Ali Center 061016

The Greatest of All Time and the Meadow

  Muhammad Ali was laid to rest in my hometown on June 10th. Tens of thousands lined the city streets for a 19-mile motorcade processional that led from his childhood home on Grand Avenue to Louisville’s Cave Hill Cemetery. 20,000 filled the Yum Center for a memorial service that followed. Louisville WDRB Sports Journalist Eric […]

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Posted by on June 22, 2016 at 6:31 am   This post has 7 responses.

Solitude and Nature

Do we need to use all of our senses to truly connect with a natural place? I recently hiked several miles of strenuous, steep trail into one of Utah’s glorious national parks, then stopped just shy of the payoff (a natural stone bridge) because a score of other people...

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Posted by on June 1, 2016 at 1:22 am   This post has 11 responses.

God, Guns and Gardens

I’ve run myself ragged the last few weeks. Kentucky has had the most beautiful spring I can remember. May has been rainy and cool. Blooms went on forever. The weeds got ahead of me, yet chiggers and heat didn’t crash my spring party. But it became harder to avoid...

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Posted by on May 23, 2016 at 1:00 pm   This post has 15 responses.

Milkweed Spreading Through My Landscape Makes Me Happy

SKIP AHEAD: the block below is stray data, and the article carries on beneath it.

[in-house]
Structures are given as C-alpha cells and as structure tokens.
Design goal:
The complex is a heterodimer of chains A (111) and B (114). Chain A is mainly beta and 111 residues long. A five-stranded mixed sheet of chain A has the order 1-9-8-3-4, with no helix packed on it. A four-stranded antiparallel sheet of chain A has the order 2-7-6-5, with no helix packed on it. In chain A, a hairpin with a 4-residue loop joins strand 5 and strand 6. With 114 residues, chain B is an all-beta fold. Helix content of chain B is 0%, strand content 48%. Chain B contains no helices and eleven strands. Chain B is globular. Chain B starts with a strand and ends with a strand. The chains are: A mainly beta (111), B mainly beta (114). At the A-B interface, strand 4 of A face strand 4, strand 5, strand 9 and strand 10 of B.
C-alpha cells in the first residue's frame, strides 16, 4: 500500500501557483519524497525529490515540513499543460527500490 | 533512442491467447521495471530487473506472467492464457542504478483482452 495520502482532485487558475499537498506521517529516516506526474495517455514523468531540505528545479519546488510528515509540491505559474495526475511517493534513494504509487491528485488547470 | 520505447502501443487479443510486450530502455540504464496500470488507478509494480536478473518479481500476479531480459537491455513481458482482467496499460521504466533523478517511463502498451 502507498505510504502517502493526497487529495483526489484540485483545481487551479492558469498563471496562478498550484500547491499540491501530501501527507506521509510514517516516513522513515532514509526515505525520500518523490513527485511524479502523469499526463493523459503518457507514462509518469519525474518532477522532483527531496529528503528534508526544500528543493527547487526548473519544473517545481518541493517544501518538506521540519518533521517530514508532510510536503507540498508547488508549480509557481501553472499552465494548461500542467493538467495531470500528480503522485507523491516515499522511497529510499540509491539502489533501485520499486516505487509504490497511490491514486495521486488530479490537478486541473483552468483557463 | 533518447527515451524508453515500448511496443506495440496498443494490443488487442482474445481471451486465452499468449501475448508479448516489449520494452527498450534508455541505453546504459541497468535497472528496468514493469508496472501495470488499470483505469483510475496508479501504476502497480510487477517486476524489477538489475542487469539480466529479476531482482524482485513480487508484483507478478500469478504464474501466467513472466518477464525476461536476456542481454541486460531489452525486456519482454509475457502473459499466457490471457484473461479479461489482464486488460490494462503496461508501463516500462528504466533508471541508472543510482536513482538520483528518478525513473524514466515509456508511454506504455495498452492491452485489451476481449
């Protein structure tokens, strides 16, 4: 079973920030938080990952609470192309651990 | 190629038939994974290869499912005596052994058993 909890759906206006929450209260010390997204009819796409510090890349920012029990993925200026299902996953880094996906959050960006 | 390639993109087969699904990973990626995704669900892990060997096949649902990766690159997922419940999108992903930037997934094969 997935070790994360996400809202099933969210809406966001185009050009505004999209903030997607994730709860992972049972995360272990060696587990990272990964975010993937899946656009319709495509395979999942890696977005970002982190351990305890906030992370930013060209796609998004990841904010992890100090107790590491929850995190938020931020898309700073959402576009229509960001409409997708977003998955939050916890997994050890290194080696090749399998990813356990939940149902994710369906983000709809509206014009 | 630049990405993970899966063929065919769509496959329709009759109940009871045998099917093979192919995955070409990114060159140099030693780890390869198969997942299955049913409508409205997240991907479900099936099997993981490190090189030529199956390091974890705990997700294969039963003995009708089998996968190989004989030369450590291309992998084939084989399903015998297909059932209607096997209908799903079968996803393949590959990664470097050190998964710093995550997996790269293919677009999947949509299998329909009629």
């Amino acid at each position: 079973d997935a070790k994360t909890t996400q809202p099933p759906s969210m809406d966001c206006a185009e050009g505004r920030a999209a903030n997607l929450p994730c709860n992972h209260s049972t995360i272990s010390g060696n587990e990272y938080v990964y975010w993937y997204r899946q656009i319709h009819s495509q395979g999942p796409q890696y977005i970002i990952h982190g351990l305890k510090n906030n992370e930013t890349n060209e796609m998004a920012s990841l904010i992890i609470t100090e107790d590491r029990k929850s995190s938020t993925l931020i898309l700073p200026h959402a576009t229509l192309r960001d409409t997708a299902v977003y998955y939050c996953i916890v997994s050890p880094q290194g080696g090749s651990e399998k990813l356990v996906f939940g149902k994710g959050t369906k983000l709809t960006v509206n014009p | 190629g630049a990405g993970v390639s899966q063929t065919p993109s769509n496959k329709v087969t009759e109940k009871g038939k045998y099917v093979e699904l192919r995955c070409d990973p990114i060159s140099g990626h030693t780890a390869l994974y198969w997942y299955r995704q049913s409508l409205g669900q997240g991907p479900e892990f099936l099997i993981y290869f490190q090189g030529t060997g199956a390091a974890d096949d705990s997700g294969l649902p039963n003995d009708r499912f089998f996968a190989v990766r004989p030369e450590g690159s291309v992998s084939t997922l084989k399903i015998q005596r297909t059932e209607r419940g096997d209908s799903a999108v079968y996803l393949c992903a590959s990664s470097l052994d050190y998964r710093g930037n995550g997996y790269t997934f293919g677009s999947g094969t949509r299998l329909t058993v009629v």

Two years ago, I wrote about the milkweed seedlings I rescued from a nearby lawn. They survived the move and have formed a decent-sized stand under a maple tree in my backyard. In this tough site (very dry part shade) they need no care whatsoever, and have been given...

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Posted by on May 18, 2016 at 11:59 am   This post has 10 responses.

#TBT The great compost tea debate

In June, 2007, we hosted a debate between horticultural professor Jeff Gillman (author of many books, including The Truth Abut Garden Remedies and The Truth About Organic Gardening) and garden writer Jeff Lowenfels, the co-author of Teaming with Microbes. The topic was compost tea, and this is the first...

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Posted by on May 5, 2016 at 8:00 am   This post has Comments Off on #TBT The great compost tea debate.

Cultivating Wildness

I became a gardener in order to experience nature daily, in order to live in a wilder way. Being wild is the opposite of being isolated. It is an experience of oneness with a vast, complex, diverse, accepting community of living plants and animals. Isolation is sitting motionless in...

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Posted by on May 4, 2016 at 1:50 pm   This post has 4 responses.

Who uses landscape fabric and why?

Last fall I had the idea of doing something nice for the rather boring and minimalist plantings outside my office. The building itself is great—an 85k-square-foot former railway signal factory (circa 1904–6) that has been repurposed into a mixed use complex including our offices, residential units above, banquet spaces,...